August 10, 2018

How to Build a Retaining Wall that Runs into the Slope at its Base

Stepping Up the Base

So you’re building a retaining wall with Allan Block and the base of your wall runs into a slope. What do you do? The answer is simple. Step up the base. When building step-ups, begin the base course at the lowest wall elevation. When building step-ups, begin the base course at the lowest wall elevation.

Dig a base trench that is 24 in. (600 mm) wide. The depth of the trench is determined by allowing for 6 in. (150 mm) plus an additional 1 in. (25mm) for each 1 ft. (300 mm) of wall height for the amount or buried block that is needed. The trench also needs to extend into the slope far enough to bury one full block. If a slope is present below the wall, contact a local engineer for assistance.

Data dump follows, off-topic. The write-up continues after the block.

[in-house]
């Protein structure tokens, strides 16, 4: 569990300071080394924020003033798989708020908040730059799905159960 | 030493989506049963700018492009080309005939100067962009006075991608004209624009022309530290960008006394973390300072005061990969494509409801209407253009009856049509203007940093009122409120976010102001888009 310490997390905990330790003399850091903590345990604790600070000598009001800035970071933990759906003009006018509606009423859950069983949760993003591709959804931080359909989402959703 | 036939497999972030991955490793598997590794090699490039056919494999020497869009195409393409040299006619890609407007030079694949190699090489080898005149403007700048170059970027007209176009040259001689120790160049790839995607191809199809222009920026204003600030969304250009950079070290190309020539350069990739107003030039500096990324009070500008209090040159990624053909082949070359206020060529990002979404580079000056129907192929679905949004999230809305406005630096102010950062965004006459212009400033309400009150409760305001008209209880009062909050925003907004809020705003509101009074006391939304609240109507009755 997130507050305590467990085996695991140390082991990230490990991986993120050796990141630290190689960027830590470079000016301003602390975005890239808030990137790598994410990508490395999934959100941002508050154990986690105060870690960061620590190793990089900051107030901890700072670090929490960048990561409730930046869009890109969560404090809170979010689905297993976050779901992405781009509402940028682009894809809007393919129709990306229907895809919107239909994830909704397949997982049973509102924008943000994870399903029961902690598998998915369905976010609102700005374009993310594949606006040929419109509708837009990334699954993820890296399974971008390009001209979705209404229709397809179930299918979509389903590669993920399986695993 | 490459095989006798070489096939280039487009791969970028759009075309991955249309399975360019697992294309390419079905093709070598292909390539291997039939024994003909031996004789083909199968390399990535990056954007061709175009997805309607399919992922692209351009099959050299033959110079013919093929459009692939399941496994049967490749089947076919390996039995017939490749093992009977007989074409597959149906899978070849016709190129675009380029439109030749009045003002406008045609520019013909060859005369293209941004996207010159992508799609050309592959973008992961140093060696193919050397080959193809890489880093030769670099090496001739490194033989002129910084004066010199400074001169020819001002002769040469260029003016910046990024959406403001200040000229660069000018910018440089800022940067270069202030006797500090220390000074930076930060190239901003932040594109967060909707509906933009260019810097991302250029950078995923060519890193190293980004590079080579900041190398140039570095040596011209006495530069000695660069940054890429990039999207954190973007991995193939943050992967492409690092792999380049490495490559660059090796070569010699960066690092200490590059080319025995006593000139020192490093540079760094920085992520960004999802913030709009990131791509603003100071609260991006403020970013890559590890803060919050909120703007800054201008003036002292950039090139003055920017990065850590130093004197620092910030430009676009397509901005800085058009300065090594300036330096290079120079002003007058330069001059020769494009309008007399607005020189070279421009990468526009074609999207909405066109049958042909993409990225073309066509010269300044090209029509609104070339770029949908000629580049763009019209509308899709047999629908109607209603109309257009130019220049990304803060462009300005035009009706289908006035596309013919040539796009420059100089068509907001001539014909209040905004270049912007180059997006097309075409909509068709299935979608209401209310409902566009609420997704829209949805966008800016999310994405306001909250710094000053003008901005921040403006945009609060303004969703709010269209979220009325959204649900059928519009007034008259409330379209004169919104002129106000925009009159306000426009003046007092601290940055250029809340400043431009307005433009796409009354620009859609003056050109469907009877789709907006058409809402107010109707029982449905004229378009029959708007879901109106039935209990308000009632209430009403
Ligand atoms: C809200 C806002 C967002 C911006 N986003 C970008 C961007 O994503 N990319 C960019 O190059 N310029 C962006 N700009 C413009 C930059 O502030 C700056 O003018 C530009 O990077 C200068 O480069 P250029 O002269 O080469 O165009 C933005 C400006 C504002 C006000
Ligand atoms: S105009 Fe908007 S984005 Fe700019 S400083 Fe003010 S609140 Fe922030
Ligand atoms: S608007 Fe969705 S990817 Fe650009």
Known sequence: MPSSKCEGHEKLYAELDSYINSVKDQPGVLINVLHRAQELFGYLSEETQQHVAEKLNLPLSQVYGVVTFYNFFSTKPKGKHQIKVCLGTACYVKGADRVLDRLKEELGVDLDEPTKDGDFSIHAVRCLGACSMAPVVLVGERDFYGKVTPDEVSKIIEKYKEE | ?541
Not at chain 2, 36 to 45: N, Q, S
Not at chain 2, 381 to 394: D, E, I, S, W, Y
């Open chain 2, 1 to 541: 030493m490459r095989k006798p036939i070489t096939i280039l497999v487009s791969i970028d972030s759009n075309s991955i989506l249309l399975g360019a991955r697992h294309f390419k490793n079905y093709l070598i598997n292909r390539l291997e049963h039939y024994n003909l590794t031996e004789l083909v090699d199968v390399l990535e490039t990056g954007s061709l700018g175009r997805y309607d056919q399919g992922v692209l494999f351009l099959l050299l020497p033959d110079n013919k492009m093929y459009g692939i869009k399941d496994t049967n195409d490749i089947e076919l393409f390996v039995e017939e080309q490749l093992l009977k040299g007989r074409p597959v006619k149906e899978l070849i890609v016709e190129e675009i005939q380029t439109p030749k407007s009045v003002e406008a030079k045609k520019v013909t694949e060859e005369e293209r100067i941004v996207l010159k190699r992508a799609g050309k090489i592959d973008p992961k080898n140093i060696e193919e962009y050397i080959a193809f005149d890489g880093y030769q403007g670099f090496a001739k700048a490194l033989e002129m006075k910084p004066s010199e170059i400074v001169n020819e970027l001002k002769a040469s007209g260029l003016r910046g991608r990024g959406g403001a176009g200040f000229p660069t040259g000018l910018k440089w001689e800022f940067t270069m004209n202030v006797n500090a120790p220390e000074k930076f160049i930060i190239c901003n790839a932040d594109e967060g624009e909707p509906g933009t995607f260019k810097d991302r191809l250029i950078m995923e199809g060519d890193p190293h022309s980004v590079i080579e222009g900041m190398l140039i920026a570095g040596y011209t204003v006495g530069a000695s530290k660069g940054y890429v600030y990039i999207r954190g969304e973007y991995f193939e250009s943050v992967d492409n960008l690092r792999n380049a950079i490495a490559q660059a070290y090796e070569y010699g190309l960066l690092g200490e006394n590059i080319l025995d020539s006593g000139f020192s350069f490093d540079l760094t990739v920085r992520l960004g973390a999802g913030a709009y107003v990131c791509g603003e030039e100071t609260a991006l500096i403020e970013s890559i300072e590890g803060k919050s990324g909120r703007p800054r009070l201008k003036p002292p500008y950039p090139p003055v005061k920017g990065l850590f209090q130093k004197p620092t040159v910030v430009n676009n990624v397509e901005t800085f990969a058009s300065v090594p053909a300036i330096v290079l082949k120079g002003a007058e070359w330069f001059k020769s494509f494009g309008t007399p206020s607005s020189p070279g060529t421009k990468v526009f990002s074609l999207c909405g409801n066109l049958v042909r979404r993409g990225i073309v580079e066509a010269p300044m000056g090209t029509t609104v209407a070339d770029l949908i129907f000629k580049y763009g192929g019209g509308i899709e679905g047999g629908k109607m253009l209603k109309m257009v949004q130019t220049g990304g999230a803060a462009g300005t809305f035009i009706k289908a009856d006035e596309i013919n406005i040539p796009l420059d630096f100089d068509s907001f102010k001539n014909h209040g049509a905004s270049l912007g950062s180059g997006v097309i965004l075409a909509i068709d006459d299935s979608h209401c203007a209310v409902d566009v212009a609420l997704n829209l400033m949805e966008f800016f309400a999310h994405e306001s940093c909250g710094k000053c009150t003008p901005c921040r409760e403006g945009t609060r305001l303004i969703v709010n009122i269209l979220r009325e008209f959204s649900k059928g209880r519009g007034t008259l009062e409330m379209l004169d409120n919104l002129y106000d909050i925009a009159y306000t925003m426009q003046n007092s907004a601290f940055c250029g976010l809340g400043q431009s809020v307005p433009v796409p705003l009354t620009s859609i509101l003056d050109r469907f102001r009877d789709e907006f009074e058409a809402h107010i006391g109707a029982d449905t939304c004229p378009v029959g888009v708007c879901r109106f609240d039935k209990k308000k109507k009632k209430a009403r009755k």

Compact and level the base trench making a minimum of two passes with a plate compactor. Place the drain pipe at the lowest possible point toward the back of the trench. Place a minimum of 6 in. (150 mm) of wall rock in the base trench and check for level. Compact the base material, making a minimum of two passes with a plate compactor.

Excavate the second step up making sure to accommodate for the base material and buried block. Compact and level the step-up area. Place the base course of blocks on the base material and check for level. Fill the hollow cores and 12 in. (300 mm) behind the block as well as the base area of the next step up with wall rock then backfill with infill or approved on-site soils. Make sure that the blocks and the base of the next step-up are level. Compact the wall rock directly behind the block and the next step-up area a minimum of two passes with a plate compactor. Repeat these steps to the top of the grade. Keep in mind the block at each step-up must be completely buried to maintain the proper base depth and to prevent wall failure due to erosion.

For more installation tips, visit allanblock.com